Equity shares represent an ownership interest in a company. Shareholders have rights to the company’s assets and profits since they are co-owners of the company. There are many types of equity shares that offer stockholders a variety of rights and advantages. Investors must have a thorough understanding of the various forms of equity shares in order to make wise investing choices.
1. Common Shares
Common shares, also known as ordinary shares, form the largest category of shares. They represent ownership of a company and provide voting rights to shareholders. Common shareholders have a residual claim on the assets and earnings of the company after obligations towards preference shareholders, debenture holders and other debt providers are met. The market value of common shares tends to be influenced the most by company performance and prospects. Dividends paid on common shares are variable and depend on profitability.
2. Preferred Shares
Preferred shares are shares that provide certain preferential rights and privileges not enjoyed by common shareholders. Priority is given to preferred shareholders over common shareholders for dividend payments and asset distribution in the event of a liquidation. Prior to paying common shareholders, preferred share dividends are typically paid out at a set percentage of share value. As compensation for lower investment risk, the dividend rate on preferred shares is lower than interest rates on the company’s bonds.
3. Differential Voting Shares
Differential voting shares are equity shares with different voting rights compared to common equity shares. In this dual-class share structure, one class of shares has superior voting rights than the other. Typically, common shares have one vote per share while differential shares carry more than one vote per share. This allows certain shareholders like promoters to gain majority and retain control with minimal equity ownership. Differential voting shares rank equally with common shares in terms of dividends and asset distribution upon liquidation.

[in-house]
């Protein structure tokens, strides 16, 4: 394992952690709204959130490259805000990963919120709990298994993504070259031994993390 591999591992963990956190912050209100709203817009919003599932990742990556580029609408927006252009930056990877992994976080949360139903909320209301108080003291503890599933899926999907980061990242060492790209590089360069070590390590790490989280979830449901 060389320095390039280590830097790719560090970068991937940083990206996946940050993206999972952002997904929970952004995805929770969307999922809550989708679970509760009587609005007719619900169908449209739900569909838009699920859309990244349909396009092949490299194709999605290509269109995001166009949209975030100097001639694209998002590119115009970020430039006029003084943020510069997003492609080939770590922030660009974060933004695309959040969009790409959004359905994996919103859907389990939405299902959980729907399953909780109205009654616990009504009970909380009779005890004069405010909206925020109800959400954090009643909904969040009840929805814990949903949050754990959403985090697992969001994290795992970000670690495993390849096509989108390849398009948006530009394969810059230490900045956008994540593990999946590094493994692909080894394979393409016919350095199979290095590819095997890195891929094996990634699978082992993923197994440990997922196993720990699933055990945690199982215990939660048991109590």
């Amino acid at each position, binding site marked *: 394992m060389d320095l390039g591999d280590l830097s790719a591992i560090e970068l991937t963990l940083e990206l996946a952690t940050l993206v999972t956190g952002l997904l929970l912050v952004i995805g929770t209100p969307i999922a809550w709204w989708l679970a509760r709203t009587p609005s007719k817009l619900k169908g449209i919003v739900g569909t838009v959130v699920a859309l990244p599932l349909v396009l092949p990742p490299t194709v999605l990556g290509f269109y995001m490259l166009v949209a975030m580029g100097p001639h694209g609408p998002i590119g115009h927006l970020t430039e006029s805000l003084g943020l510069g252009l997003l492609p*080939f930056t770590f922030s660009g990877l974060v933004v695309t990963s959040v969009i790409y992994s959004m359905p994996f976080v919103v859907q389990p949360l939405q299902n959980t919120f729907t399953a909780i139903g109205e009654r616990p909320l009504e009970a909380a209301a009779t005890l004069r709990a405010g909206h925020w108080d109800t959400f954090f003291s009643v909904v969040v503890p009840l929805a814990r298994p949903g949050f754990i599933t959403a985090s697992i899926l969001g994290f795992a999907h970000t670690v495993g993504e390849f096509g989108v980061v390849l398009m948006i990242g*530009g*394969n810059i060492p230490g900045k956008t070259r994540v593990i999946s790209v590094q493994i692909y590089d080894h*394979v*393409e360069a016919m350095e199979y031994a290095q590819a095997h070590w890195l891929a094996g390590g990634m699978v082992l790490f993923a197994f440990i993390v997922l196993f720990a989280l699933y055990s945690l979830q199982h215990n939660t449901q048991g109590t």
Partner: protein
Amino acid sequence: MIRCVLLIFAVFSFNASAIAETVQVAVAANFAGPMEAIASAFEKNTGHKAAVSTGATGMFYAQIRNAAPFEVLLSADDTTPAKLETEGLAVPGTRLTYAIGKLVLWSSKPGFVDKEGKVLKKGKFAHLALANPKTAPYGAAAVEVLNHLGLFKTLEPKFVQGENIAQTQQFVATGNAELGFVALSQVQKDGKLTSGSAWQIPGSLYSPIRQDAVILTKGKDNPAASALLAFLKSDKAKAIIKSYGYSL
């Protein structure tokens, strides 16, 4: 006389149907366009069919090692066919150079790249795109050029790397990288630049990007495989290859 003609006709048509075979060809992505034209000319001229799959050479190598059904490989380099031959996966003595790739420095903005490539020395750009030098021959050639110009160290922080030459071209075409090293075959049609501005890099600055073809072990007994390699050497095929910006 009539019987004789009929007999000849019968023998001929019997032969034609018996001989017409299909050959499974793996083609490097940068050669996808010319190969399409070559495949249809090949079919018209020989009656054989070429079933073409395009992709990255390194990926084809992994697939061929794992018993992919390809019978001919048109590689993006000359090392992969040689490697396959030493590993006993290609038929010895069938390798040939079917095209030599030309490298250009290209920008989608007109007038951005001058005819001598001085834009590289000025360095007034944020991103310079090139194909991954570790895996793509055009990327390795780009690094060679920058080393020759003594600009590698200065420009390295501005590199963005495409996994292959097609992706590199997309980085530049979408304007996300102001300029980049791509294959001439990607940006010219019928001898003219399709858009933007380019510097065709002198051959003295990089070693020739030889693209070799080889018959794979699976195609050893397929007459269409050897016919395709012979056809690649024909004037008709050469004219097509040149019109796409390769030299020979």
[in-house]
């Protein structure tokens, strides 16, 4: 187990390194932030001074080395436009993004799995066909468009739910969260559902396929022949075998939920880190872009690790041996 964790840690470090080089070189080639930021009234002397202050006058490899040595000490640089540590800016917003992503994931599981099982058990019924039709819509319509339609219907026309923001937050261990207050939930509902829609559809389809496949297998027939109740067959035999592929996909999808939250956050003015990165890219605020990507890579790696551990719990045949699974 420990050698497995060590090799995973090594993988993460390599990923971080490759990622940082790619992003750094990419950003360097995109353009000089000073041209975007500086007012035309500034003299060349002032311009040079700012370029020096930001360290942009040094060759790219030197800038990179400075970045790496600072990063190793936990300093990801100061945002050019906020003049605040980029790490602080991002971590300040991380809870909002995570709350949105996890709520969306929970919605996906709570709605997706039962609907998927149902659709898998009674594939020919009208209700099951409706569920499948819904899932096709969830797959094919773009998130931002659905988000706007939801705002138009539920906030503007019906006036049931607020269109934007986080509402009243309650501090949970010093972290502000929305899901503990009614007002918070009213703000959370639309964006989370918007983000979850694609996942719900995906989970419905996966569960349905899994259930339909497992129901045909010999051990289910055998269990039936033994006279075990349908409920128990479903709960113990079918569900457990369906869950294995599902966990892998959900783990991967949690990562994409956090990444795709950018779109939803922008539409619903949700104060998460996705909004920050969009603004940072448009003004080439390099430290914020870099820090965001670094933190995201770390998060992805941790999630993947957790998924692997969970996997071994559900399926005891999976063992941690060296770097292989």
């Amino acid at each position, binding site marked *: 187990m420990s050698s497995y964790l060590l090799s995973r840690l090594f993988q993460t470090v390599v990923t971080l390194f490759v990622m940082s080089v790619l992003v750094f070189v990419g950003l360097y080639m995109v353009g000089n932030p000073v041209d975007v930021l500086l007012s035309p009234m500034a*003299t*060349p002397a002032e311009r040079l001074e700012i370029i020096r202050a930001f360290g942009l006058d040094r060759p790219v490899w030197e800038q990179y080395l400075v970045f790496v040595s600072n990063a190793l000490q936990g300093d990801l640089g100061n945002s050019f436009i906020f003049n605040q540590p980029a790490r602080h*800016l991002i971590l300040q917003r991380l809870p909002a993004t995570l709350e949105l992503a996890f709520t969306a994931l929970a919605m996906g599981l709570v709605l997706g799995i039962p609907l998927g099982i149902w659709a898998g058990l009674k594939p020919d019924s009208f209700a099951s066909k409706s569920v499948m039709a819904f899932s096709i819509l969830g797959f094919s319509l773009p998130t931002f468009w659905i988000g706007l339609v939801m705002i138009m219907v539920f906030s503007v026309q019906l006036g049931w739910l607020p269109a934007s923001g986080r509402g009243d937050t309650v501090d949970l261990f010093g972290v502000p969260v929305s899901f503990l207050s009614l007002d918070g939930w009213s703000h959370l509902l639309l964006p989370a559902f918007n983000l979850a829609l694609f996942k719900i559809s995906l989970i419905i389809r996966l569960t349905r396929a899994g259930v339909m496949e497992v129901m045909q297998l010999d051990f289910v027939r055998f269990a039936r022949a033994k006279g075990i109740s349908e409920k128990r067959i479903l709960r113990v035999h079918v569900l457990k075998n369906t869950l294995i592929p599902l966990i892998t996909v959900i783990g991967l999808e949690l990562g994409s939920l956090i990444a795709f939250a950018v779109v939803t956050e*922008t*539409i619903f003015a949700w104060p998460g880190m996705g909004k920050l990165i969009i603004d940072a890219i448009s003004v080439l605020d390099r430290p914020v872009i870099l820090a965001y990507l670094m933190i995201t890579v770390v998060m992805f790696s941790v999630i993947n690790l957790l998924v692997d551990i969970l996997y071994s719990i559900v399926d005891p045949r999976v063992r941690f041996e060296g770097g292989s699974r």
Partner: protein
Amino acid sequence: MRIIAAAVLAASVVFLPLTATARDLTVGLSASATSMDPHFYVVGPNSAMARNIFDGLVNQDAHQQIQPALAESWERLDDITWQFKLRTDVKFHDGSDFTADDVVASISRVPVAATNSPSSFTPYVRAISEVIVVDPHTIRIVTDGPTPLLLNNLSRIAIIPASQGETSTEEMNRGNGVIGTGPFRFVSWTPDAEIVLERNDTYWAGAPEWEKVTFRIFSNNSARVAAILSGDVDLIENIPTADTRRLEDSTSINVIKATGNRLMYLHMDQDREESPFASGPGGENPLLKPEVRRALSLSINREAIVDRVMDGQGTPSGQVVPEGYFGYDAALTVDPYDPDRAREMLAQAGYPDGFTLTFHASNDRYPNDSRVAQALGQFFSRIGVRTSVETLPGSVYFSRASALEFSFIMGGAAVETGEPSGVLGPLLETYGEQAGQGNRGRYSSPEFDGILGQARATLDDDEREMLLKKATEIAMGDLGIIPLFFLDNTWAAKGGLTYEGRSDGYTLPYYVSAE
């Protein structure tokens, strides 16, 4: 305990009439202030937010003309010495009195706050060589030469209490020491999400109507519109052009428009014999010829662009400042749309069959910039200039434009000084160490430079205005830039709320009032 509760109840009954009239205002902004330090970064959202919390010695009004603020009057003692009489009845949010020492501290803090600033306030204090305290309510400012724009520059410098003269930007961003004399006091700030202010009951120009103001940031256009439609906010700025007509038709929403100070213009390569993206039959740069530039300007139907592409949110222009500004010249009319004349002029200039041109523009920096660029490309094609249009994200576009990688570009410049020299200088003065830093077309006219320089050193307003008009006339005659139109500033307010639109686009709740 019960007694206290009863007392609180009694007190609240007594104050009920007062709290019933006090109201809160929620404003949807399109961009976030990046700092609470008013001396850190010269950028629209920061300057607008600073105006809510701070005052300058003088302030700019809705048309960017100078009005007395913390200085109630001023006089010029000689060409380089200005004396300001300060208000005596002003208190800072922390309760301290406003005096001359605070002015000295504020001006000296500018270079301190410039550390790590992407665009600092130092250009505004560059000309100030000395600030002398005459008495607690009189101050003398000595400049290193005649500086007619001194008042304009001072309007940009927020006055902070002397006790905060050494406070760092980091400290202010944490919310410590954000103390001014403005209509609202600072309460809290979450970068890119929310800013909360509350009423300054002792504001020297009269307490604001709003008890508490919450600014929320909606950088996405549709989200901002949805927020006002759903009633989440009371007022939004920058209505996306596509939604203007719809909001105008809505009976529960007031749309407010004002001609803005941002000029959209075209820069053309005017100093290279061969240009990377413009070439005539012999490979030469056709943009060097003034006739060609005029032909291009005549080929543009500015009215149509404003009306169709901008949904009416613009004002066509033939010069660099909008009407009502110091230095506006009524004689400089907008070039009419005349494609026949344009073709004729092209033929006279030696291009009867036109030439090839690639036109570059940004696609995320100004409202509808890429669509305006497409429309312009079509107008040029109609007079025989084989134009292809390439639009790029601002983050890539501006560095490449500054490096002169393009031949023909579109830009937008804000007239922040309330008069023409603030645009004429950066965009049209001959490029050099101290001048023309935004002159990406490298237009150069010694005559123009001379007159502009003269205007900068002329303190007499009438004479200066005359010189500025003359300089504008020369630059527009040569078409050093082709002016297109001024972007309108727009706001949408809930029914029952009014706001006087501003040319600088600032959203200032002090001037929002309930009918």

4. Restricted Voting Shares
Restricted voting shares have limited voting rights. The company’s charter documents may impose restrictions like barring restricted voting shareholders from voting on certain corporate matters like director elections, mergers and acquisitions etc. Their financial rights like dividends and proceeds in liquidation remain the same. Companies issue restricted voting shares to discourage hostile takeovers by reducing the voting power of acquiring shareholders.
5. Golden Shares
Golden shares contain special veto rights over specific company decisions and actions. They provide their holder special powers disproportionate to their nominal share value. The government often holds a golden share instead of majority stake to prevent sale of assets considered of national importance. Golden shares do not affect financial rights of other shareholders.
While ordinary common shares remain the most popular, companies can issue multiple classes of equity shares with affordable share price, varied privileges, voting rights and risk-return profiles. Preferred shares provide income investors lower risk and stable dividends. Restricted and differential voting shares allow controlling ownership with lower equity stake. Tracking shares offer focused exposure to isolated segments within a diversified company. Understanding the nuances of multiple equity share types allows investors to select instruments aligned to their investment objectives, risk appetite and desired rights.